The World Health Organization and its Covax partners cautioned Monday against dismissing AstraZeneca’s COVID vaccine after several setbacks, insisting it remained an important, life-saving tool.
The AstraZeneca vaccine is currently a vital part of Covax, which was set up to procure COVID-19 vaccines and ensure their equitable distribution around the world.
It accounts for almost all of the 337.2 million vaccine doses Covax is preparing to begin shipping to some 145 countries during the first half of the year, once it receives WHO authorisation, which is expected next week.
But the vaccine has run into several setbacks.
“It is vastly too early to be dismissing this vaccine,” said Richard Hatchett, who heads the Coalition for Epidemic Preparedness Innovations (CEPI), which co-leads the Covax vaccine facility with the WHO and Gavi.
“It is absolutely crucial to use the tools that we have as effectively as we possibly can,” he said, speaking at the WHO’s regular bi-weekly press briefing on the coronavirus pandemic.
Regulatory authorities in several European nations have refused to authorise the vaccine for use among the over-65s—by far the most vulnerable age group for serious COVID-19 disease—due to a lack of data proving its efficacy among older people.
And South Africa said Sunday it would suspend the start of its COVID-19 vaccinations with the AstraZeneca jab after a study showed the jab failed to prevent mild and moderate cases of the virus variant that has appeared in the country.
WHO chief Tedros Adhanom Ghebreyesus told reporters that the study’s findings were “clearly concerning news.”
But he stressed that there were “some important caveats”, pointing in particular to the small size of the study with only 2,000 participants, urging more research.
Other WHO experts also pointed out that the interval used between the two doses of the vaccine in the study was just a month—far shorter than what has been deemed to be optimal to enhance its efficacy.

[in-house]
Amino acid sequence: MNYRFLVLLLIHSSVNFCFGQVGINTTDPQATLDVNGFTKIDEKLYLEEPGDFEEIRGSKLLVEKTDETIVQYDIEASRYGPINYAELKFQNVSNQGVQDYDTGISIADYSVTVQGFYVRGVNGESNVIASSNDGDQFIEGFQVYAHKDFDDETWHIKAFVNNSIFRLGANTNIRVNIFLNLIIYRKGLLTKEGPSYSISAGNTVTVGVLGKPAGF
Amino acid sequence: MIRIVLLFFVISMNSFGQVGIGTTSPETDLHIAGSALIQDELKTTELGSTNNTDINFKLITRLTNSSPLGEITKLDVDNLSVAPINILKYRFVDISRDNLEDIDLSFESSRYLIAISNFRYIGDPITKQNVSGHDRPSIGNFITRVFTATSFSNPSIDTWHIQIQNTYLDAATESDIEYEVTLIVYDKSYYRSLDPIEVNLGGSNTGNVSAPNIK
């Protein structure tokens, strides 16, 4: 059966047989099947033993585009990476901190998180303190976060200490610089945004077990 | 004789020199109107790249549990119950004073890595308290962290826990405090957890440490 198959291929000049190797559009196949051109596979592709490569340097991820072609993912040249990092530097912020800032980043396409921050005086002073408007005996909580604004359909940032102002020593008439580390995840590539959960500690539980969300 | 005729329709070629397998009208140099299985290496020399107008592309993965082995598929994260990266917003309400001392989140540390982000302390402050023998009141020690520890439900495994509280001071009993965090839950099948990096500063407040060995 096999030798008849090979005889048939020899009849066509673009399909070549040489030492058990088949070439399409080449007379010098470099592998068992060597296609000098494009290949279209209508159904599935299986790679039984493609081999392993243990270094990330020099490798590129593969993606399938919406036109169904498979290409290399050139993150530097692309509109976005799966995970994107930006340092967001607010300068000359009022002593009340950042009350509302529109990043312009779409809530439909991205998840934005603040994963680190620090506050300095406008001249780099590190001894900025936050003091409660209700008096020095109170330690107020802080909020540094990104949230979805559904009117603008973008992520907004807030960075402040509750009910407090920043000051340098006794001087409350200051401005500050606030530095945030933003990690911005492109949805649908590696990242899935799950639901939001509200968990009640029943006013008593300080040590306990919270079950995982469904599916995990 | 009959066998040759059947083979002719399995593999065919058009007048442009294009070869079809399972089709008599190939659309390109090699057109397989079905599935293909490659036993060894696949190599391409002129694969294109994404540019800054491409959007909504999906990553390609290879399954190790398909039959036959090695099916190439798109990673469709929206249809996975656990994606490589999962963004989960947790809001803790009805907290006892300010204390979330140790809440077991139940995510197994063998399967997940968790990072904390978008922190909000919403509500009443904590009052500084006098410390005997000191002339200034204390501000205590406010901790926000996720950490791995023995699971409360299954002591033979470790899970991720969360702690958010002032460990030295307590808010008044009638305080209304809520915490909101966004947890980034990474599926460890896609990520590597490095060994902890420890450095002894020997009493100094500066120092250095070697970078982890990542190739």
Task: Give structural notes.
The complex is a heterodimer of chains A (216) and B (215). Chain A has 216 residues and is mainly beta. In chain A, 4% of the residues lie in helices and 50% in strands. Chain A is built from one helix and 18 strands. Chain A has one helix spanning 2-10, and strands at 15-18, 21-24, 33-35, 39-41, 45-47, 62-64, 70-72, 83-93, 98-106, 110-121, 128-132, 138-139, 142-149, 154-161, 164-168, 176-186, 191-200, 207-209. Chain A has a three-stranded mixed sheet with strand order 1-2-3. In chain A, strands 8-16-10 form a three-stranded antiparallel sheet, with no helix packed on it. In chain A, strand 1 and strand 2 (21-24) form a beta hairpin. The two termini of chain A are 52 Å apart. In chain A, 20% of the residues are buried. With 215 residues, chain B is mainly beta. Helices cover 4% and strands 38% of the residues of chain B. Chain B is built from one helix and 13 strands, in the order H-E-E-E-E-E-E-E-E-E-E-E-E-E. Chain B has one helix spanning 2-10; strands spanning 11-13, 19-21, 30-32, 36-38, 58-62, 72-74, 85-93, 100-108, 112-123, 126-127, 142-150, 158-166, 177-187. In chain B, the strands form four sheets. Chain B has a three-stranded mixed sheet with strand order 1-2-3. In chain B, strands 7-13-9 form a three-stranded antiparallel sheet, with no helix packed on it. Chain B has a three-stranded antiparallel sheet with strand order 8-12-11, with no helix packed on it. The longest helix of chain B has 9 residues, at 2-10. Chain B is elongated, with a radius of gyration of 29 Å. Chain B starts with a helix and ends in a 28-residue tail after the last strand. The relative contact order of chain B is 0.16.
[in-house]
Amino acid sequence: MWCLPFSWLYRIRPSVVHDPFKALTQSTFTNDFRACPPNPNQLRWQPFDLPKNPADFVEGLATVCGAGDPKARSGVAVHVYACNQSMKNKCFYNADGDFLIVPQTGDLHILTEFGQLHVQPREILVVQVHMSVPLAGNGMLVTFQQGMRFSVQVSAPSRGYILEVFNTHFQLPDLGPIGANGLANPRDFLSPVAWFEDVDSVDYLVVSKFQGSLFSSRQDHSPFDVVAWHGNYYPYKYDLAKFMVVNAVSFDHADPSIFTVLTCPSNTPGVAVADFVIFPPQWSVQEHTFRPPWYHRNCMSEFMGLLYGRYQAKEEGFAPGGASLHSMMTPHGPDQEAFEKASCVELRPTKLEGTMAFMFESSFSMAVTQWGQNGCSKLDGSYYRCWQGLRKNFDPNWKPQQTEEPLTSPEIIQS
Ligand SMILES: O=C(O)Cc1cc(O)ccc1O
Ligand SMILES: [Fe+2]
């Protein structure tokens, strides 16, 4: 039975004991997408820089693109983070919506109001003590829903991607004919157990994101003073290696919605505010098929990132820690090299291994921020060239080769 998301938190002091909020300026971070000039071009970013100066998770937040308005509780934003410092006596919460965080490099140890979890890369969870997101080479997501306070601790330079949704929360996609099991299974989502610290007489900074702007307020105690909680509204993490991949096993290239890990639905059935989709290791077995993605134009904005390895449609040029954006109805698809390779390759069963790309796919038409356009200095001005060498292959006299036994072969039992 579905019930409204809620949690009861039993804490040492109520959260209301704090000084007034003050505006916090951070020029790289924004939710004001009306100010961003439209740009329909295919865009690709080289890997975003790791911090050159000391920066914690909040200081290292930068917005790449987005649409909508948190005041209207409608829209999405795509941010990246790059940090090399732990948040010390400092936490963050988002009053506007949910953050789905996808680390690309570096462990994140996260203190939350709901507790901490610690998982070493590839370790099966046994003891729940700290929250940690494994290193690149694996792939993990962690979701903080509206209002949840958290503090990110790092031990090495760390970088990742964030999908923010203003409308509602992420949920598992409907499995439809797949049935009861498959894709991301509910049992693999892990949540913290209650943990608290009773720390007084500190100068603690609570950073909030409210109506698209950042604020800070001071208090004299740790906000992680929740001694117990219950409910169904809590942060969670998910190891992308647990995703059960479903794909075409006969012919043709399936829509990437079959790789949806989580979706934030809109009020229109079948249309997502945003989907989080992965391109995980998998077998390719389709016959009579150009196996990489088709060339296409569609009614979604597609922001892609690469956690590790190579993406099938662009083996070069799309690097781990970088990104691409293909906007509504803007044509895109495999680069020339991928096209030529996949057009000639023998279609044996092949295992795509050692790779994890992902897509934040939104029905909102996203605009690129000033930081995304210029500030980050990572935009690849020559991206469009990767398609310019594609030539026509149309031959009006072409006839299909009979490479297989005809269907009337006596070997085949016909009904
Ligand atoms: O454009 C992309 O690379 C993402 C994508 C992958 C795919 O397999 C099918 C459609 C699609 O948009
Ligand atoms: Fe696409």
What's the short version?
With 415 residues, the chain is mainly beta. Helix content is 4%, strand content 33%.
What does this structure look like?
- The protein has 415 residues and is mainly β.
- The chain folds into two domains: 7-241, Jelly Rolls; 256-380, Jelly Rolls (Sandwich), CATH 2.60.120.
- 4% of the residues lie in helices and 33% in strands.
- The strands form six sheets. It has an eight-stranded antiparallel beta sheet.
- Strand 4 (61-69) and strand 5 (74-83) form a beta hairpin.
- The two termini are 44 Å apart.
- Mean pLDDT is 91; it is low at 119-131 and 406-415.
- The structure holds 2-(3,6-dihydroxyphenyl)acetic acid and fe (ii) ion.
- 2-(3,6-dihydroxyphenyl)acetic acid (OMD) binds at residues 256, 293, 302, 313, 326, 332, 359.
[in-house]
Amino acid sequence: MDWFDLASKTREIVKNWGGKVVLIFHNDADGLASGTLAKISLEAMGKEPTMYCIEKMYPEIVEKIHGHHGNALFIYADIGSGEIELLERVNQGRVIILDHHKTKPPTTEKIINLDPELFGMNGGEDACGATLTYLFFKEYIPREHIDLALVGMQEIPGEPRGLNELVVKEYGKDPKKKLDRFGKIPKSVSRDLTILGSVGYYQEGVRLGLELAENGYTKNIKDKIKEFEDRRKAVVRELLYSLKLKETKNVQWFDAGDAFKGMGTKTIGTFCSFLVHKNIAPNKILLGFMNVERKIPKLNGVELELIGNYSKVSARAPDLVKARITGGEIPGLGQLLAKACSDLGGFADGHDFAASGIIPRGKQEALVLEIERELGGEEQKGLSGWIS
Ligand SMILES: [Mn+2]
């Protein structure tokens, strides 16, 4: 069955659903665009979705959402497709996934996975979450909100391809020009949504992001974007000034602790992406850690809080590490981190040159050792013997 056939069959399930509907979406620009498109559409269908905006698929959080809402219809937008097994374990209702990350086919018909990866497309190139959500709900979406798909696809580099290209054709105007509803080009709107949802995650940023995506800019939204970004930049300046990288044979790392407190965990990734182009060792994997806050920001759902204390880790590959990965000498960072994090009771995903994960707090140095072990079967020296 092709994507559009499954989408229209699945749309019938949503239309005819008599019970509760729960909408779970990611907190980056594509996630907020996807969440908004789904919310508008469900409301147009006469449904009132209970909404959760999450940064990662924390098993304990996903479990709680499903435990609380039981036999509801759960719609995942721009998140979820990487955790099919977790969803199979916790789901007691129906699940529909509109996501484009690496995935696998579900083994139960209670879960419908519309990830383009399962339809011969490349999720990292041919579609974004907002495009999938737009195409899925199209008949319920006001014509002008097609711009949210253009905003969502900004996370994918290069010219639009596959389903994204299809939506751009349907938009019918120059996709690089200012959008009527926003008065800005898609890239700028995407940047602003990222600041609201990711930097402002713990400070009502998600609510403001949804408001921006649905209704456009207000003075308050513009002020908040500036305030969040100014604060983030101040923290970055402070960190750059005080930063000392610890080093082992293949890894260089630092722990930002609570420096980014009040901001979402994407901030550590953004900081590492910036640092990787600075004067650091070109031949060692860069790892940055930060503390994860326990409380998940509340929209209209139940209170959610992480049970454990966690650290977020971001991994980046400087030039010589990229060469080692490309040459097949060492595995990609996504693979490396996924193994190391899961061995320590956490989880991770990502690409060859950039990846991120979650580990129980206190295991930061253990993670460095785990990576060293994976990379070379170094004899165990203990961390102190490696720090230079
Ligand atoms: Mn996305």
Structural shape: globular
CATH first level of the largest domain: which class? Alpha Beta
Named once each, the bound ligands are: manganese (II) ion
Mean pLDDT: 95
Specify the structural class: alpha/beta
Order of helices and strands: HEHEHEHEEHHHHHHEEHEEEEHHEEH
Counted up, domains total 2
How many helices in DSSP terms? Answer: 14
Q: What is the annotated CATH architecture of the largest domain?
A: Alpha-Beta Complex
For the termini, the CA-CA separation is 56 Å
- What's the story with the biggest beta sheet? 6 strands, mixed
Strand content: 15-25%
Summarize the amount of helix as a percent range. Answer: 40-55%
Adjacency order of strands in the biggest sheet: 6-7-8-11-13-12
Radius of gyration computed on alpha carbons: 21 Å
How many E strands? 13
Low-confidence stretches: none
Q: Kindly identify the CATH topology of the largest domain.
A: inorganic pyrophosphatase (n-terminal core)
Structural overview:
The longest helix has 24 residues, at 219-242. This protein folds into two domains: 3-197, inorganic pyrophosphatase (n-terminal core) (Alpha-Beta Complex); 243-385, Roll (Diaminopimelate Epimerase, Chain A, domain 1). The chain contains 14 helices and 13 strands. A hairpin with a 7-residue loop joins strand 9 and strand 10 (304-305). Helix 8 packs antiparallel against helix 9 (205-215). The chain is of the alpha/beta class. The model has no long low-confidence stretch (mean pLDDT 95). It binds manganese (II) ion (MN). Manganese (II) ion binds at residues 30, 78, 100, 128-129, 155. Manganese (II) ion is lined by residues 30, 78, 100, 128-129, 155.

WHO’s vaccines chief Kate O’Brien pointed to other studies showing the vaccine could have a “meaningful impact against severe disease”, including with the B.1.351 variant of the SARS-CoV-2 virus, first detected in South Africa.
She said the organisation’s vaccine expert group, which met earlier Monday to discuss its recommendations on the use of the jab, had appeared optimistic about its prospects against the variant.
The 15-member Strategic Advisory Group of Experts on Immunization (SAGE) is due to render its verdict later this week.
However O’Brien said the experts had expressed “a very positive view on proceeding with the use of the vaccine including in settings where variants are circulating”.
Gavi chief Seth Berkley agreed that current evidence indicated the jab “is an efficacious vaccine.”
At the same time, he underscored the need to continue monitoring all the COVID vaccines, and possibly adapting them to better battle new variants “if found to be scientifically necessary.”
The WHO’s emergencies director Michael Ryan meanwhile said it was vital to use the tools available now to save lives.
“The primary job of vaccines right now is to reduce hospitalisations and deaths, and right now… they are working to do that,” he said.
“We may need better vaccines to do more than just stop deaths and hospitalisations.”
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